The following is a round-up of apparel and footwear news from the world's local media.

  • A Bangladesh factory that produces shirts for the Donald Trump apparel brand has reportedly been cited for a list of safety violations. The Elite Garment Industries factory is said to have insufficient fire alarm systems, a lack of fire escape routes, faulty electricity and "highly stressed" support columns in the building's infrastructure, coupled with low wages. ECCOUTERRE
  • Pakistan's Minister for National Food Security and Research, Sikander Hayat Khan Bosan, has rejected a request from the All Pakistan Textile Mills Association's (APTMA) to allow duty-free import of raw cotton. Instead he said "much better production of cotton" was expected this year, adding that authorities were looking forward to a rate of PKR3,000-plus for cotton in the international market. EXPRESS TRIBUNE
  • Prime Minister Hun Sen has urged garment workers in Cambodia to improve their productivity in order to prevent factories from closing and moving to countries such as Laos, Bangladesh and Myanmar, all of which have lower minimum wages. Miguel Chanco, lead ASEAN analyst for the Economist Intelligence Unit, agreed that Myanmar and Bangladesh "present a real threat to Cambodia's garment industry, primarily because of how much more expensive it is to hire workers in Cambodia". PHNOM PENH POST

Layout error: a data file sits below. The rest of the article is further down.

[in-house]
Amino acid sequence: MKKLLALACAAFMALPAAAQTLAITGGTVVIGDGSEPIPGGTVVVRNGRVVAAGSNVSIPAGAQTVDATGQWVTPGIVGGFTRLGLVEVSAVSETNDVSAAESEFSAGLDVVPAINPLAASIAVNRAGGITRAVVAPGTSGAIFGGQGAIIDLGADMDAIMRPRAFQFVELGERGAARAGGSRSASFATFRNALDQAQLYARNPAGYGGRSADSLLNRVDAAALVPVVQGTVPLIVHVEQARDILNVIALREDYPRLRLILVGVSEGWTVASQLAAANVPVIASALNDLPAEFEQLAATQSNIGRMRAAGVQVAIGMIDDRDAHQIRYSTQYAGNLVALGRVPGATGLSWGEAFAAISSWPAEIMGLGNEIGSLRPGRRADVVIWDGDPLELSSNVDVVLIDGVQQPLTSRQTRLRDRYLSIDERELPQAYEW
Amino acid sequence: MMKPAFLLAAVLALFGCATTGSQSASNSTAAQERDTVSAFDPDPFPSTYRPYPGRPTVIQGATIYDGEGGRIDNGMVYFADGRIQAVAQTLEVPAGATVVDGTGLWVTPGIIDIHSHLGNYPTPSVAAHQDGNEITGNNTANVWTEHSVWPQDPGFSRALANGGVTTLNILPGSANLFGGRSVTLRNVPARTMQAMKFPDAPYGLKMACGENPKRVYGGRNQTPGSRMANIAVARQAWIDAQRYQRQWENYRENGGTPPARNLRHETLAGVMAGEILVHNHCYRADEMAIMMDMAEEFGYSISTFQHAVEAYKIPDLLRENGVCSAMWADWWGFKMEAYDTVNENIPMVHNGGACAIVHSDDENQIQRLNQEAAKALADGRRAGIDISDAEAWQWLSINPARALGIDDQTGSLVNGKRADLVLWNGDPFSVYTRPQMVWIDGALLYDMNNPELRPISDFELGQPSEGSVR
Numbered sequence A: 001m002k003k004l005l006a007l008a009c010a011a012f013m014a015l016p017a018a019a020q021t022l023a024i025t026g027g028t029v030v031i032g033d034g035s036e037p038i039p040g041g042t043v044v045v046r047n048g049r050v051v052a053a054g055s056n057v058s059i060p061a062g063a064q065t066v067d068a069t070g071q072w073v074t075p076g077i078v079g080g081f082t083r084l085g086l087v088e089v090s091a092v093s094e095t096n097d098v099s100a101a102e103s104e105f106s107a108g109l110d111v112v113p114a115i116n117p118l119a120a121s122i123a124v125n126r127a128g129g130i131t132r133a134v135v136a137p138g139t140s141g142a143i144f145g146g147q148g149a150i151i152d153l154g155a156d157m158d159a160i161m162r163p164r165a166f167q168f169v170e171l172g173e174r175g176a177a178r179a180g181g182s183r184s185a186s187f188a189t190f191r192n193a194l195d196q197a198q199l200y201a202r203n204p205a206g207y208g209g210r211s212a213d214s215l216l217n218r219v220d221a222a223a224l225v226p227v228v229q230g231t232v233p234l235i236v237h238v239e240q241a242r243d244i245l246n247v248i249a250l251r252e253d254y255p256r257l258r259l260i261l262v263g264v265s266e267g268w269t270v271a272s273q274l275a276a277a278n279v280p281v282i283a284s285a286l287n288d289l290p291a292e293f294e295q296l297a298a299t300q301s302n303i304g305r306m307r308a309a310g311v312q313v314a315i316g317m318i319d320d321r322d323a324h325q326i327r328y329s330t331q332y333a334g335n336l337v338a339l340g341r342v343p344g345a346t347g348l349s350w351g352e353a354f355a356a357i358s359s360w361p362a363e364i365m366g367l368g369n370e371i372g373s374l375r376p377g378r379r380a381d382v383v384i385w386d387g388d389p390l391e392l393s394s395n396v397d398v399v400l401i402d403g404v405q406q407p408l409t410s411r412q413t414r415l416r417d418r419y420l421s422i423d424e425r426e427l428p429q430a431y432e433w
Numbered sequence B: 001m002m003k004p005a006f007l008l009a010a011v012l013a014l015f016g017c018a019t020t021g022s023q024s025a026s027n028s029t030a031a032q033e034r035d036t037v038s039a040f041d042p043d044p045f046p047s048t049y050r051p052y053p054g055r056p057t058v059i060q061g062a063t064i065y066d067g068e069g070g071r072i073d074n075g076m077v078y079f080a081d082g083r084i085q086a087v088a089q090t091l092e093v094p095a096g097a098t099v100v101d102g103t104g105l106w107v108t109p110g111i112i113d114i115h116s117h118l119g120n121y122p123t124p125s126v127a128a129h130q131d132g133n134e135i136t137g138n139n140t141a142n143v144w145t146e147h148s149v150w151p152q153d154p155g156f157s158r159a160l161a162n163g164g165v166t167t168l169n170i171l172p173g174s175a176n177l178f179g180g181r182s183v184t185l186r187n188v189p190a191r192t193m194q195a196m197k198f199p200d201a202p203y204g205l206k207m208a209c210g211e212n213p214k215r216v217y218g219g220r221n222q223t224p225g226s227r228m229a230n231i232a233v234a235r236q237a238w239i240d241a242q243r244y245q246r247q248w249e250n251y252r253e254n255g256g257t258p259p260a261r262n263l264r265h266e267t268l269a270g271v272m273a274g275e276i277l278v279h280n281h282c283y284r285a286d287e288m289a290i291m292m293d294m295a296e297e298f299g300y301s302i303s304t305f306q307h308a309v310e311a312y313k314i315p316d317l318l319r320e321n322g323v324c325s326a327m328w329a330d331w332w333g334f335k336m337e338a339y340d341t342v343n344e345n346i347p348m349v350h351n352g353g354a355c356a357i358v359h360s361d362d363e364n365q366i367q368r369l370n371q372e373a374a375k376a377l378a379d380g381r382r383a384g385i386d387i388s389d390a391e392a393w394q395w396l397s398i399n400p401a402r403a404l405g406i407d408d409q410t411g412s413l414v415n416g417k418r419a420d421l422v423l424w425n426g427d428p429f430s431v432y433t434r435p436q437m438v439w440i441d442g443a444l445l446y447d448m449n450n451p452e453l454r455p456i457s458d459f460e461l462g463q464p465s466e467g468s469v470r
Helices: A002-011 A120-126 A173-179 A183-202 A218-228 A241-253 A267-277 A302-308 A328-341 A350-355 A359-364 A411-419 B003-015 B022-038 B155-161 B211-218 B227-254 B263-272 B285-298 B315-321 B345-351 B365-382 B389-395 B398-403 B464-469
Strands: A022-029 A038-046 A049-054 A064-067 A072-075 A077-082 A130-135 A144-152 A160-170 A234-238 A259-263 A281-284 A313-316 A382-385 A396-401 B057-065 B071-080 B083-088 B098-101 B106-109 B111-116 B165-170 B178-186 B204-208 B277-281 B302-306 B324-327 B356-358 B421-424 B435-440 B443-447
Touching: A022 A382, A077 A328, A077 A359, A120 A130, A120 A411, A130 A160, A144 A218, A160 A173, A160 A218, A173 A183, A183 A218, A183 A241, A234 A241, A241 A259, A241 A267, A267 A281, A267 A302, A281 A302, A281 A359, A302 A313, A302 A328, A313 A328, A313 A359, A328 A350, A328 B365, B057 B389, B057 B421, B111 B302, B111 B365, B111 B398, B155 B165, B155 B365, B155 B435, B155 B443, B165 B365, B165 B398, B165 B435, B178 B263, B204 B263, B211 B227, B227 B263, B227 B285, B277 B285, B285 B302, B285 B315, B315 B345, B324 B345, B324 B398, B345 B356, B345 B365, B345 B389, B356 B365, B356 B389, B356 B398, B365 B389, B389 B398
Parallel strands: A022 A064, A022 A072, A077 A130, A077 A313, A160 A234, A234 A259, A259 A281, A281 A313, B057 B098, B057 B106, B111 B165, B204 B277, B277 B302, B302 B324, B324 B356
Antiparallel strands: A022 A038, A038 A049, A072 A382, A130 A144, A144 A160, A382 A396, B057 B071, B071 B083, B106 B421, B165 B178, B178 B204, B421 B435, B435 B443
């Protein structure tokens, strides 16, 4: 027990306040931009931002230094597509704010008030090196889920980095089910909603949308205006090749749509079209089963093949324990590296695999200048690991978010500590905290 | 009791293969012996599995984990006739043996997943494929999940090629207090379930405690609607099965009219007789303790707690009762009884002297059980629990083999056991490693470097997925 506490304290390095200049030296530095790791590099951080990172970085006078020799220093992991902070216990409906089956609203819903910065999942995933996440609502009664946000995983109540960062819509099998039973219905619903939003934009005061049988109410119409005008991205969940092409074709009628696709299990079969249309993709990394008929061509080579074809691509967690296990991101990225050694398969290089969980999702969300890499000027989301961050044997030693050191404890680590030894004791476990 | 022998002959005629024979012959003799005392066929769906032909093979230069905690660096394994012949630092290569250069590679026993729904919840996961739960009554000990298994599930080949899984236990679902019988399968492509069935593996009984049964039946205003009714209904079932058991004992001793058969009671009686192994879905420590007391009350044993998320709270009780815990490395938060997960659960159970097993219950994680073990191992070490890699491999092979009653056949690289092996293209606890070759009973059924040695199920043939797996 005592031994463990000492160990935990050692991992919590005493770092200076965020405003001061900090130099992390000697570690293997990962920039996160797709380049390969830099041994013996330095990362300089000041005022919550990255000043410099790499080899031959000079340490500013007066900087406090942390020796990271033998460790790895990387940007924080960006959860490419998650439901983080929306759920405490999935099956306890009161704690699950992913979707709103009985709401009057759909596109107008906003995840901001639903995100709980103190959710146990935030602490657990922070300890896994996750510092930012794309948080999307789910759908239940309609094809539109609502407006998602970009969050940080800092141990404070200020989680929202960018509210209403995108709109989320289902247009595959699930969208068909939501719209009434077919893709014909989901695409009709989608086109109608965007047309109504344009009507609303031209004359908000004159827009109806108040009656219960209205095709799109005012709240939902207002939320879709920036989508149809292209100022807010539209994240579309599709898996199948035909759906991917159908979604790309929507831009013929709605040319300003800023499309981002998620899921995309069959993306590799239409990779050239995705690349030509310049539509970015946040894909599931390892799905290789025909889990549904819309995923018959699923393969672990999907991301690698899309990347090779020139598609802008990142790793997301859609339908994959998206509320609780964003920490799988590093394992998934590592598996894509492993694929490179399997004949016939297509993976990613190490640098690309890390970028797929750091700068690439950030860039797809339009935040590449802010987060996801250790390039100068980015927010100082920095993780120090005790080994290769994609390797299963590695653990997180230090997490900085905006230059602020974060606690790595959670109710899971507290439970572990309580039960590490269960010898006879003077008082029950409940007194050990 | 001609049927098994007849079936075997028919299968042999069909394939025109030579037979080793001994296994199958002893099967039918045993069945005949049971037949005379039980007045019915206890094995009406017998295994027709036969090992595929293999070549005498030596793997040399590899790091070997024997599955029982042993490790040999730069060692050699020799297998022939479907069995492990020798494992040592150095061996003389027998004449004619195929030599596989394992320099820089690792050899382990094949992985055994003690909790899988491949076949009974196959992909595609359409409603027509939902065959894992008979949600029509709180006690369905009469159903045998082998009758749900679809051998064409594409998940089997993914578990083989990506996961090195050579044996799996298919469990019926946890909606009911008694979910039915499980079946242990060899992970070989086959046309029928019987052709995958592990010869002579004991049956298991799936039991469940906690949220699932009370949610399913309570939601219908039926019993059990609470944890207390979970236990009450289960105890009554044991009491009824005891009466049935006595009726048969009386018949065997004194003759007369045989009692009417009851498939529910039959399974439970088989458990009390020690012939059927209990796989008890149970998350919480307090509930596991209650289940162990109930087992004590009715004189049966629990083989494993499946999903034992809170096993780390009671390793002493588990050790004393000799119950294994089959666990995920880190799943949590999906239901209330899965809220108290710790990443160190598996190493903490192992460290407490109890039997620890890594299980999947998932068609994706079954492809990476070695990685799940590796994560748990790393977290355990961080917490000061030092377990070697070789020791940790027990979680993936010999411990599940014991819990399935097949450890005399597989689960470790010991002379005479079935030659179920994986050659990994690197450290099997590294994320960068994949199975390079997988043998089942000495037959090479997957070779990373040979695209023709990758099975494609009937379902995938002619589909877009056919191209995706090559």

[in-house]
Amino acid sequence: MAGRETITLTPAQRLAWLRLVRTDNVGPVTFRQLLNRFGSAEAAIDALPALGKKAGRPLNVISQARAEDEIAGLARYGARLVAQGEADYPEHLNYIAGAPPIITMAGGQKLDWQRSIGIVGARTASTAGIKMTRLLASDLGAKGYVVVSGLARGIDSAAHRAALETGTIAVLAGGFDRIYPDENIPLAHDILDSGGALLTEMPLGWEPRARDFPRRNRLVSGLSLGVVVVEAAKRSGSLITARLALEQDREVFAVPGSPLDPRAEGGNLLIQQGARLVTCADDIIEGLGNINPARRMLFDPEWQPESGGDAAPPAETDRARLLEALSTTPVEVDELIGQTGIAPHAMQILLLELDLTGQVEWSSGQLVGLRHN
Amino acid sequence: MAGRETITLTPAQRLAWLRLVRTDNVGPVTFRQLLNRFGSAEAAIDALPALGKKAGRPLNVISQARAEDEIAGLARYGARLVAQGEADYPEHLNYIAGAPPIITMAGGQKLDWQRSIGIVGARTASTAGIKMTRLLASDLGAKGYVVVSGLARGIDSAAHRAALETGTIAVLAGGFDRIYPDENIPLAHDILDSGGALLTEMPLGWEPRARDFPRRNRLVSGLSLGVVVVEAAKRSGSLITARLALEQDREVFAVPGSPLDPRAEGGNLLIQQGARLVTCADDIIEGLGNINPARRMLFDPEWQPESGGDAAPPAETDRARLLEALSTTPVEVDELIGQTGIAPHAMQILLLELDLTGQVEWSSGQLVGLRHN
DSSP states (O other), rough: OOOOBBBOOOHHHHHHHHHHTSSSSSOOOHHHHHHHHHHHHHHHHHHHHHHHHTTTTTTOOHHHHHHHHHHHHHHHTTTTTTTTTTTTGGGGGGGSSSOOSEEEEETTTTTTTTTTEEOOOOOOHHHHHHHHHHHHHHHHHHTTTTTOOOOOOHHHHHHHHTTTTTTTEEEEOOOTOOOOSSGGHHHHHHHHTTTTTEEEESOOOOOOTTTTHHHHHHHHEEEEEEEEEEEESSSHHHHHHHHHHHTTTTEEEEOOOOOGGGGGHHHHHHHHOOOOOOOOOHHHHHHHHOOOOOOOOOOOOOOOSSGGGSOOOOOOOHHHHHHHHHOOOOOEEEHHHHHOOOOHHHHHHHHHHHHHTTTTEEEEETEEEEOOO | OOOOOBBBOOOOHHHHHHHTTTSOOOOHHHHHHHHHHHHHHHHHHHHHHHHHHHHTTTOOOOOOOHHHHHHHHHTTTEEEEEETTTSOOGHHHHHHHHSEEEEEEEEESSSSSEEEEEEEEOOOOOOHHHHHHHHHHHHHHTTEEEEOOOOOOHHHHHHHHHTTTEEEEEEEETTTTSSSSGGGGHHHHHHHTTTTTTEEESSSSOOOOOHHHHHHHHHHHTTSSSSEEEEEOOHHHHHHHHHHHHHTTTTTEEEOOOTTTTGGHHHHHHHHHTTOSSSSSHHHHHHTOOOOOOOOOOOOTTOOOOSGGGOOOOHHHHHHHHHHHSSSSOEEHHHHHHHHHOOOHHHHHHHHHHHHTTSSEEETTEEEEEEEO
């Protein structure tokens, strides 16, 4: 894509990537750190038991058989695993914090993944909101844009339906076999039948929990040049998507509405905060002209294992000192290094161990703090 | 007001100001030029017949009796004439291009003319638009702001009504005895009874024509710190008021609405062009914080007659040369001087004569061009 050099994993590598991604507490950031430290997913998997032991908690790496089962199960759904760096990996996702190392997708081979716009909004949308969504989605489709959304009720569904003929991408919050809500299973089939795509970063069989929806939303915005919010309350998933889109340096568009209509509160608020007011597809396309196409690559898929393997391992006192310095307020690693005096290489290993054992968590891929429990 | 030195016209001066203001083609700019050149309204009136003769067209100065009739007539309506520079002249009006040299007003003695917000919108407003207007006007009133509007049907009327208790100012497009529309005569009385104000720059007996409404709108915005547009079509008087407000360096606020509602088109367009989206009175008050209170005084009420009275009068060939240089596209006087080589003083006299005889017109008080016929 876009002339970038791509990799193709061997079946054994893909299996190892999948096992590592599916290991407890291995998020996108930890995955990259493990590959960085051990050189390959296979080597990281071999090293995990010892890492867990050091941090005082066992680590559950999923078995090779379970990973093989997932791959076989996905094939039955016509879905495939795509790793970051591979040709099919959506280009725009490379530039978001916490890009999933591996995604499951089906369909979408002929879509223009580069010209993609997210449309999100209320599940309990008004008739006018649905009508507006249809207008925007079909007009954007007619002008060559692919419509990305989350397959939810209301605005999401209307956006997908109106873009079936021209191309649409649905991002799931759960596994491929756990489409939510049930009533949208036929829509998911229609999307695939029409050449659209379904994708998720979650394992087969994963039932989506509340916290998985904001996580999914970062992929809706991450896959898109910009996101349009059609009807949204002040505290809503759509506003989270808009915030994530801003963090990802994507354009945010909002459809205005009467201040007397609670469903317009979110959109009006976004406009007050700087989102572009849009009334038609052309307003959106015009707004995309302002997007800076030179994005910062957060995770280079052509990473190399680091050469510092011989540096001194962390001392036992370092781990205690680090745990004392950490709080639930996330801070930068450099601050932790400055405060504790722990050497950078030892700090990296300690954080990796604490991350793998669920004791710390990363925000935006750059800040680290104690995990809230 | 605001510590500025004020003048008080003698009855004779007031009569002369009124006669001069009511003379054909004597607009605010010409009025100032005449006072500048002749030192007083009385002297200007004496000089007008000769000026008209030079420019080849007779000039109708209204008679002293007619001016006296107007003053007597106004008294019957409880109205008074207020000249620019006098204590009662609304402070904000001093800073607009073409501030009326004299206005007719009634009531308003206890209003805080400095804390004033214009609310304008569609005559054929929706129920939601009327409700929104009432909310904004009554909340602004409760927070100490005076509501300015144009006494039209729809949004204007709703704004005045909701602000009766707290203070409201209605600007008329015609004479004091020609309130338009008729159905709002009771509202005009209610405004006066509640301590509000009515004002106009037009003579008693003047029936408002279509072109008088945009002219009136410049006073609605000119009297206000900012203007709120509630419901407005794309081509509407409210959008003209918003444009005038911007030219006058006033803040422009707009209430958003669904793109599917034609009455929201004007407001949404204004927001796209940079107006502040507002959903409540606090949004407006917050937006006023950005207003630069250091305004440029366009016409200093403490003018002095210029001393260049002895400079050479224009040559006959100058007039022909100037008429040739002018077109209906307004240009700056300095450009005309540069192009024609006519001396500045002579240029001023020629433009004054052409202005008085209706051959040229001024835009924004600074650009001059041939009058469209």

• Production in garment factories in major industrial hubs in Bangladesh has been hampered due to the stoppage of gas supplies from CNG stations, with the Bangladesh Garment Manufacturers and Exporters Association (BGMEA) warning the industry may not hit its target of US$50bn in exports by 2021 if the gas crisis continues. DAILY STAR
  • The Vietnamese textile and garment industry expects to continue to face challenges in the next year, mainly due to fierce competition from other exporting countries like India, China, Pakistan and Bangladesh, and a slowdown in global demand. The election of Donald Trump, who has indicated that he will not support trade pacts such as the TPP, may also impact exports, according to Le Tien Truong, general director of the national garment and textile group Vinatex. He added that garment exports to the EU will also be under negative impact, as a result of Brexit. VIET NAM NEWS
  • Uzbekistan is planning to launch its first eco-friendly textile dyes. The scheme will be implemented by Indikim Group Company as part of a project launched in 2014, when O'zbekyengilsanoat and the South Korean company Rainbow signed a deal to extract natural dyes from agricultural plants. The project will cost a total of $1m, and the company will export over 80% of its production at full capacity. UZBEKISTAN TODAY

just-style has not checked these stories so cannot guarantee their accuracy.